function destroy() {
//Class Members
function concat($str) {
$this->html .= $str;

startElement($parser$name$attrs) {
//global $open_tag;
if ($format$this->open_tag[$name]) {
$this->html .= $format;

endElement($parser$name) {

                   if (
$format$this->close_tag[$name]) {
$this->html .= $format;

characterData($parser$data) {
$this->html .= $data;
            function PIHandler($parser, $target, $data) {
                //switch (strtolower($target)){
                //    case "php":
                //    break;
function parse() {

$this->xml_parser xml_parser_create();
xml_set_object($this->xml_parser, &$this);
// use case-folding so we are sure to find the tag in $map_array
//xml_set_processing_instruction_handler($this->xml_parser, "PIHandler");

if (!($fp fopen($this->xml_file"r"))) {
"could not open XML input");

                while (
$data fread($fp4096)) {
                    if (!
xml_parse($this->xml_parser$datafeof($fp))) {
sprintf("XML error: %s at line %d",




In the class constructor I have defined two indexed arrays for opening and closing tags. The keynames have the same name as the tags that I am going to parse later and their corresponding values contain HTML for formatting on an open or close tag.
I have defined a simple class destructor to destroy the xml parser when we no longer require it. This destructor has to be called manually as PHP does not support class destructors when an object is destroyed.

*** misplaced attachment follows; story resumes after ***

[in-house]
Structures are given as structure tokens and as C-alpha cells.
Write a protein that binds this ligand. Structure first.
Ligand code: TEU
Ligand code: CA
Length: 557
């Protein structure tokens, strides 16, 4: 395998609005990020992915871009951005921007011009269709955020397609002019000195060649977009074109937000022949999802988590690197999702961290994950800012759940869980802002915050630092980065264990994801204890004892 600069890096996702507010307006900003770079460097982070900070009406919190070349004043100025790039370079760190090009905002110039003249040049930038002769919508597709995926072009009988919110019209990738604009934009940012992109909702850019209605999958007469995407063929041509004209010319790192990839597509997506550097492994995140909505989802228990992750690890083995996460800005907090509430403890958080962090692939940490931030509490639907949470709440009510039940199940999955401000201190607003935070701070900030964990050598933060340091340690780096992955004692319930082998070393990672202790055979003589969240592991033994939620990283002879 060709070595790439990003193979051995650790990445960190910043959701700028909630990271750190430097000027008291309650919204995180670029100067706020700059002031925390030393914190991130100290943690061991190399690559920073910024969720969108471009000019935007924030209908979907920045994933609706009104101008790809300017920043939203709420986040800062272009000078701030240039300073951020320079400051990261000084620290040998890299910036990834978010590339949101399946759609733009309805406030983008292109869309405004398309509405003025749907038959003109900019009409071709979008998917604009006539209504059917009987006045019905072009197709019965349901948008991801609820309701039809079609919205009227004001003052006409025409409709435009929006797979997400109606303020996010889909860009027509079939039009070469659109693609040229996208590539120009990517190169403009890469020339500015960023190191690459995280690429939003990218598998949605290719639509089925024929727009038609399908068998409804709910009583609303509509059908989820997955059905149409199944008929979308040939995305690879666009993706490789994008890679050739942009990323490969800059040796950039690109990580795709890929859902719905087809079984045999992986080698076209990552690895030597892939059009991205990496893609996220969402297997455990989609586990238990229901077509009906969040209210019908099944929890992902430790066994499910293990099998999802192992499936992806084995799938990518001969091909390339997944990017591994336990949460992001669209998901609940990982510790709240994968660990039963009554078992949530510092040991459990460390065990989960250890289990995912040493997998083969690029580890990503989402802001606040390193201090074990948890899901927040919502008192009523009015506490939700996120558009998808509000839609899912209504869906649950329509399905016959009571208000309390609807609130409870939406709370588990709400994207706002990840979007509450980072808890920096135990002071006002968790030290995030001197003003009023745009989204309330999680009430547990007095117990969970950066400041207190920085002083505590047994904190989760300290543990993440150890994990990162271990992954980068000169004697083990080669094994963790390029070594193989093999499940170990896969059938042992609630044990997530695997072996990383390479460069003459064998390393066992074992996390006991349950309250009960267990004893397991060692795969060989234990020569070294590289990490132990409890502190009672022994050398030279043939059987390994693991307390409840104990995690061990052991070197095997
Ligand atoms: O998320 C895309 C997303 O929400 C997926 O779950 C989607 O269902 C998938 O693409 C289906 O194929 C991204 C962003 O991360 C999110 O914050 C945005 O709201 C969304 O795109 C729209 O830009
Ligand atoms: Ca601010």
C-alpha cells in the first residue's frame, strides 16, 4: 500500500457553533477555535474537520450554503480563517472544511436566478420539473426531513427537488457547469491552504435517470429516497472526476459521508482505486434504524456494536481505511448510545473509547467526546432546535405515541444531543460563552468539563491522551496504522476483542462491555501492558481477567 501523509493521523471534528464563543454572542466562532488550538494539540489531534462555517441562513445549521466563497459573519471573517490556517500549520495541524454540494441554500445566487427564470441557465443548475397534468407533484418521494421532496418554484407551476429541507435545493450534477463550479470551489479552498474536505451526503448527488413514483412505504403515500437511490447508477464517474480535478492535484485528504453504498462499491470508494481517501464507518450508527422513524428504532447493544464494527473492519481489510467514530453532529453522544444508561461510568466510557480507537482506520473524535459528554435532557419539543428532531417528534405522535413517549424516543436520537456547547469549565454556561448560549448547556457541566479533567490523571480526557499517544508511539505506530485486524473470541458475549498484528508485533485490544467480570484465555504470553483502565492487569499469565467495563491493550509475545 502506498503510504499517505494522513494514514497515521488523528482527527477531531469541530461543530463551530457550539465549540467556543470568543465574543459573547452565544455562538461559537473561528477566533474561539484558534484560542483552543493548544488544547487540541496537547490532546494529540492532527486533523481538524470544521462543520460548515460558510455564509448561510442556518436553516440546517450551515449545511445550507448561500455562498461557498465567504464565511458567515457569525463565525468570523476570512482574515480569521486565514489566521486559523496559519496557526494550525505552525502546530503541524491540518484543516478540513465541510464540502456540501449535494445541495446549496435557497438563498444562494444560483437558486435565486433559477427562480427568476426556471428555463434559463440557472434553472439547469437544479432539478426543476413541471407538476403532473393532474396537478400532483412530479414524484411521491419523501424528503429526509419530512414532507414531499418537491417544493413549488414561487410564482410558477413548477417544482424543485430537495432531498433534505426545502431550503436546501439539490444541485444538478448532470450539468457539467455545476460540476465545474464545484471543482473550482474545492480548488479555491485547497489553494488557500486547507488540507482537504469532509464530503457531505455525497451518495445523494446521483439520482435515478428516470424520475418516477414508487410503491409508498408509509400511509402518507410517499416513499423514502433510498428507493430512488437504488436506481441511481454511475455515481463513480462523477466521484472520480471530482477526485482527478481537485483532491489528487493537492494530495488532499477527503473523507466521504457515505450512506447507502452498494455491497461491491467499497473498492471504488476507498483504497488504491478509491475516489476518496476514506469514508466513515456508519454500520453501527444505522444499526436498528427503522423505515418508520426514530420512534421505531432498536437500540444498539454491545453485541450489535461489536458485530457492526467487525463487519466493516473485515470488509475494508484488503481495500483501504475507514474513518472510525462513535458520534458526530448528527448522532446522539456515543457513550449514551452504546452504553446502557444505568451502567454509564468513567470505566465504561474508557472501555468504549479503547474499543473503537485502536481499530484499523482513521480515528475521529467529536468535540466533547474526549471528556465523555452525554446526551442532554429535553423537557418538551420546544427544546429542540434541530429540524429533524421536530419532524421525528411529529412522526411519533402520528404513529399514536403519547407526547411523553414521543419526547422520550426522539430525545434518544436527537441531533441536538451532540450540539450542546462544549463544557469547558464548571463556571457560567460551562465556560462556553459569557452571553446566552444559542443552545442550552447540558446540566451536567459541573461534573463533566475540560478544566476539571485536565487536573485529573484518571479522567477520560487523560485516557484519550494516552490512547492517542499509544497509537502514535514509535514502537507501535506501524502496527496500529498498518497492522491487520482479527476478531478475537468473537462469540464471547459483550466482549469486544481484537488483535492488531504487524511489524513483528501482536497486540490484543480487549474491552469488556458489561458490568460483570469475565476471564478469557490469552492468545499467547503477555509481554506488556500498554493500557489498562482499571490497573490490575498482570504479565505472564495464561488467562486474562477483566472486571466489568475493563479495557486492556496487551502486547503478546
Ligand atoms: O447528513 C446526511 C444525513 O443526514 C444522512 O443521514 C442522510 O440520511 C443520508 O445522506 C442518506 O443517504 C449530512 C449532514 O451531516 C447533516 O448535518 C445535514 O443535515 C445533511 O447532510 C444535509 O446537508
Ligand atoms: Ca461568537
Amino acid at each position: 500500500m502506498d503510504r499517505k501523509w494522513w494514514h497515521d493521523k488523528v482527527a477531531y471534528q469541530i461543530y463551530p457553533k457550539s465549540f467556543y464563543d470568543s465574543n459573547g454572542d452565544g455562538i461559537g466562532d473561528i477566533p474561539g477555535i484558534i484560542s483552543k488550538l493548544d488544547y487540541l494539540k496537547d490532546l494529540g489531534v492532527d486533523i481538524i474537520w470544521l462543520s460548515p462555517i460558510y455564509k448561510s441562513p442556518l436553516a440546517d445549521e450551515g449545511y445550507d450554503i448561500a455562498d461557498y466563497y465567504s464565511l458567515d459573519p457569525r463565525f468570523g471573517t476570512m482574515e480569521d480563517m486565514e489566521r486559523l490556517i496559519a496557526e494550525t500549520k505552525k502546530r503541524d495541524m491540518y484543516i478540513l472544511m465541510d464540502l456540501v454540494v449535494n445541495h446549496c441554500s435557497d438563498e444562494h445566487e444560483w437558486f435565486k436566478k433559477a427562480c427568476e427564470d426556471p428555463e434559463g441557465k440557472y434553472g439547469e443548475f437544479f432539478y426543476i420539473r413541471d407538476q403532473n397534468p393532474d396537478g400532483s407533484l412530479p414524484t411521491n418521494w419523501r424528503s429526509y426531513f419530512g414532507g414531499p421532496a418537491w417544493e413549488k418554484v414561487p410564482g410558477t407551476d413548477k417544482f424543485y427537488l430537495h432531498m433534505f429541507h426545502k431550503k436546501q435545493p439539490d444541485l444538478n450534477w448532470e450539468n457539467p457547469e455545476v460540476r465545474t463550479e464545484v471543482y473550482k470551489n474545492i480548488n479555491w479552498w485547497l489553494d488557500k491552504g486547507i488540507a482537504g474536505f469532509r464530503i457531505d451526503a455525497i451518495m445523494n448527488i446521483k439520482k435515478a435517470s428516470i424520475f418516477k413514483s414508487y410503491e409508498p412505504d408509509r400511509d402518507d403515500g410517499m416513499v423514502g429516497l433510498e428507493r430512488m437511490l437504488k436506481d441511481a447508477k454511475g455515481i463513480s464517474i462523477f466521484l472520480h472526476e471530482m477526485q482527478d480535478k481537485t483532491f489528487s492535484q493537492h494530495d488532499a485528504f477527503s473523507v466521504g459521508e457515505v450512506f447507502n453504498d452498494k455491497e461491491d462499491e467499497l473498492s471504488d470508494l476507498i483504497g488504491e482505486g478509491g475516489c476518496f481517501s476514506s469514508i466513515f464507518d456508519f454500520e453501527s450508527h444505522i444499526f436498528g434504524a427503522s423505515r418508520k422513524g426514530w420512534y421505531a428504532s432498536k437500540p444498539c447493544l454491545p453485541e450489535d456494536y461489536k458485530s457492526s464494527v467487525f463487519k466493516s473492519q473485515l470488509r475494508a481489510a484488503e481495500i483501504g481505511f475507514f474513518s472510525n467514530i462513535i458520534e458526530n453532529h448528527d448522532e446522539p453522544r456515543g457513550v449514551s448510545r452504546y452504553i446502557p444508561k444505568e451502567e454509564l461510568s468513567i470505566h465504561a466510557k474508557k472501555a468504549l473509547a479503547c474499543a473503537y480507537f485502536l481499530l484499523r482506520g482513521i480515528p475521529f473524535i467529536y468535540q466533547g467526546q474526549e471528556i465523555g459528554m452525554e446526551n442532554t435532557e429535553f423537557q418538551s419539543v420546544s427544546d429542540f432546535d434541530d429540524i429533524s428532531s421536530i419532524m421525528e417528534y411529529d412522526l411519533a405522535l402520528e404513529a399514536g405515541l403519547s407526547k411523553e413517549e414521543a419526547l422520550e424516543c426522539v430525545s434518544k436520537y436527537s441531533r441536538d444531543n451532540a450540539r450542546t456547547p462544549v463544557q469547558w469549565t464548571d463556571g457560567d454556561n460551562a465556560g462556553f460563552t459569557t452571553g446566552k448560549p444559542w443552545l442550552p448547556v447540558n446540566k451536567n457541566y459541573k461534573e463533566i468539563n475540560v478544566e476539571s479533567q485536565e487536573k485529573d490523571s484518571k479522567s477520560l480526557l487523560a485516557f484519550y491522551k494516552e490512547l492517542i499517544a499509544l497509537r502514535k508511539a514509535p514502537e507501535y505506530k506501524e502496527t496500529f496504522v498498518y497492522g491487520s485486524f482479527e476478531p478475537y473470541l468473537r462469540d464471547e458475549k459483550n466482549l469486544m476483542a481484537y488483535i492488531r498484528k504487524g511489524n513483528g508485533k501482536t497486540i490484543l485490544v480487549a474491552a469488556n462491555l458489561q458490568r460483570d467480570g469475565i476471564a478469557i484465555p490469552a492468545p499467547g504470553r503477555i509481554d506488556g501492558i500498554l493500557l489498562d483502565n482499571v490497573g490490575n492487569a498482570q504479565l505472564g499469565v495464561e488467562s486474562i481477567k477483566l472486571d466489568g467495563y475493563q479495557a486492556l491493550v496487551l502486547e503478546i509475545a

I then define the main callback methods for parsing the open and close tags in the XML document. I also define a data parsing method that will simply format the data between the open and close tags, if there is any data between them. Later on I will show you how to register these callback methods with the parser.
In the startElement and closeElement (the functions called on an open and close tag, respectively) the corresponding array is queried with the name of the tag used as the index key. If the variable exists with that keyname then the value is retrieved and appened to the 'html' property of the class for later use when we actually want to display the document contents. The characterData method simply adds the value between the tags to the html property of the class. The method that has been remarked out called PIHandler is a callback function that I have not yet implemented that will process php script straight in the original XML document if it existed.